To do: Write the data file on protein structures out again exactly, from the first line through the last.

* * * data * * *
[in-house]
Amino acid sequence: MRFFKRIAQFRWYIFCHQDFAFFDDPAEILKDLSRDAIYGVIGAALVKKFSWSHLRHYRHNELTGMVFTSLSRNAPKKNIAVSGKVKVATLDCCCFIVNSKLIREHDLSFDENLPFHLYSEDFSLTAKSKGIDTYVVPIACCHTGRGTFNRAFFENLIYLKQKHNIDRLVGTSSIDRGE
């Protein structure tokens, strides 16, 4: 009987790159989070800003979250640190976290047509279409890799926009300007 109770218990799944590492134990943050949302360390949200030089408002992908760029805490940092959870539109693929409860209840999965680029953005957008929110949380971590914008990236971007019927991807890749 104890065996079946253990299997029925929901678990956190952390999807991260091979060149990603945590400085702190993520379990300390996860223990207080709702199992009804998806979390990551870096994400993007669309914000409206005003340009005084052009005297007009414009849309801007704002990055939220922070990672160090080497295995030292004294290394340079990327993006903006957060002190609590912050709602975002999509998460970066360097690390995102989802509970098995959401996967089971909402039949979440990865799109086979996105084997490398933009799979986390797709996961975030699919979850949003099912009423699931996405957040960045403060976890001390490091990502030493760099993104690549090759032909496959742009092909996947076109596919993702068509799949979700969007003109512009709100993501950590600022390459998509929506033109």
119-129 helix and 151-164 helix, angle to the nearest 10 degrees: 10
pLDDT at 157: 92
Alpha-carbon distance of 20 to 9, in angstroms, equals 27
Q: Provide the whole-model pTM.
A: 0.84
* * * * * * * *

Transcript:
[in-house]
Amino acid sequence: MRFFKRIAQFRWYIFCHQDFAFFDDPAEILKDLSRDAIYGVIGAALVKKFSWSHLRHYRHNELTGMVFTSLSRNAPKKNIAVSGKVKVATLDCCCFIVNSKLIREHDLSFDENLPFHLYSEDFSLTAKSKGIDTYVVPIACCHTGRGTFNRAFFENLIYLKQKHNIDRLVGTSSIDRGE
């Protein structure tokens, strides 16, 4: 009987790159989070800003979250640190976290047509279409890799926009300007 109770218990799944590492134990943050949302360390949200030089408002992908760029805490940092959870539109693929409860209840999965680029953005957008929110949380971590914008990236971007019927991807890749 104890065996079946253990299997029925929901678990956190952390999807991260091979060149990603945590400085702190993520379990300390996860223990207080709702199992009804998806979390990551870096994400993007669309914000409206005003340009005084052009005297007009414009849309801007704002990055939220922070990672160090080497295995030292004294290394340079990327993006903006957060002190609590912050709602975002999509998460970066360097690390995102989802509970098995959401996967089971909402039949979440990865799109086979996105084997490398933009799979986390797709996961975030699919979850949003099912009423699931996405957040960045403060976890001390490091990502030493760099993104690549090759032909496959742009092909996947076109596919993702068509799949979700969007003109512009709100993501950590600022390459998509929506033109």
119-129 helix and 151-164 helix, angle to the nearest 10 degrees: 10
pLDDT at 157: 92
Alpha-carbon distance of 20 to 9, in angstroms, equals 27
Q: Provide the whole-model pTM.
A: 0.84